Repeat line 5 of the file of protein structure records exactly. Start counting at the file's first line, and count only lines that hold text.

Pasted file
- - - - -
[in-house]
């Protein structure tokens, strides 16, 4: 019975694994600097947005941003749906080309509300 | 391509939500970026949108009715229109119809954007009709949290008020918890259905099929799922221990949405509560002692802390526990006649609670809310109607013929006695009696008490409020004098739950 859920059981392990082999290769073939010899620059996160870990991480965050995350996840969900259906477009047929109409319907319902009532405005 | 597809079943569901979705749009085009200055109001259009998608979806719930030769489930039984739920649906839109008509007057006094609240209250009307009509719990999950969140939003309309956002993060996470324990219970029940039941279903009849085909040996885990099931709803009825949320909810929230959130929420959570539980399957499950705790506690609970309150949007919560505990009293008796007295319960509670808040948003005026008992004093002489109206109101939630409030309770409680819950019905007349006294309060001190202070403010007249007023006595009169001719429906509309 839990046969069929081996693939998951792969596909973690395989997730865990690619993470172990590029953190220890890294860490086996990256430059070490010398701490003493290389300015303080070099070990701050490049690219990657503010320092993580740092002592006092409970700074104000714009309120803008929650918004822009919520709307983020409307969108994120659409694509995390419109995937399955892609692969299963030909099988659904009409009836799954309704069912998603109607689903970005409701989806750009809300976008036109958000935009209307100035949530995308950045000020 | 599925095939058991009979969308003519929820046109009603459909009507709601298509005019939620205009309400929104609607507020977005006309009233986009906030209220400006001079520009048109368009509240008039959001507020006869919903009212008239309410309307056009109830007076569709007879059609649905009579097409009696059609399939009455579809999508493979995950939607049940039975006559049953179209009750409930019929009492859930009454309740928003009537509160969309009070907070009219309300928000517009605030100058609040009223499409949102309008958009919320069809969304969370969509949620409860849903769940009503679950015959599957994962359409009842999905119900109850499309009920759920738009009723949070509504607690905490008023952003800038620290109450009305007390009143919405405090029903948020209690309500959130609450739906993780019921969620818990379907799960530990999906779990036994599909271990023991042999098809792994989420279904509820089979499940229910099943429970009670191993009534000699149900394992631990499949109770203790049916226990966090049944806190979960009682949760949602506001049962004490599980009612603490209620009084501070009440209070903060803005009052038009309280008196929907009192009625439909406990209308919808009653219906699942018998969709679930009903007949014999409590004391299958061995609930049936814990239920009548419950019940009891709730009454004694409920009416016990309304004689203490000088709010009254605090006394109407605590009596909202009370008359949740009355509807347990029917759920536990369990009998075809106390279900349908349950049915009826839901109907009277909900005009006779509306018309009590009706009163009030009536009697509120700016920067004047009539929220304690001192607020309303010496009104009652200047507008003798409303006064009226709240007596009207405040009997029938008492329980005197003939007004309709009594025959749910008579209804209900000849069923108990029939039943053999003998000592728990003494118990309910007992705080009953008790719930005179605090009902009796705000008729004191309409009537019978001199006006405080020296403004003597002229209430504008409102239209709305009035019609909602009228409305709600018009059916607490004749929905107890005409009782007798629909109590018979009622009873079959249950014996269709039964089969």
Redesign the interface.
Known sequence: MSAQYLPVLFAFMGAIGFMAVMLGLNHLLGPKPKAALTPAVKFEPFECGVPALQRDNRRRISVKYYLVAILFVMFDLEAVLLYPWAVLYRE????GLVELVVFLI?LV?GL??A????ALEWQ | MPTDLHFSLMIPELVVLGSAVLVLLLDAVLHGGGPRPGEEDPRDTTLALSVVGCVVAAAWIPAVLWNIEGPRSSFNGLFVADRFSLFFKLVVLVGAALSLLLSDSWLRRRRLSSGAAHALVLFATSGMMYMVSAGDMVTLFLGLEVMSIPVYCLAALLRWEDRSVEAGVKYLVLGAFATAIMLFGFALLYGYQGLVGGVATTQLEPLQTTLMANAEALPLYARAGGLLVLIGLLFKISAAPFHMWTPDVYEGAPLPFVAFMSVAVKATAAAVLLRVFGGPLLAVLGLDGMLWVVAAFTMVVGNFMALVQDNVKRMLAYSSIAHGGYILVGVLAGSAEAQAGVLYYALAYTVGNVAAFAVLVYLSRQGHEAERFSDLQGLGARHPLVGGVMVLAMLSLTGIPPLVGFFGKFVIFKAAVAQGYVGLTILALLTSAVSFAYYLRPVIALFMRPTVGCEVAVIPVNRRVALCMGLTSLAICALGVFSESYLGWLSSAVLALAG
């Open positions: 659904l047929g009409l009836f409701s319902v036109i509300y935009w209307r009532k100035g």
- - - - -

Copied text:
């Open positions: 659904l047929g009409l009836f409701s319902v036109i509300y935009w209307r009532k100035g």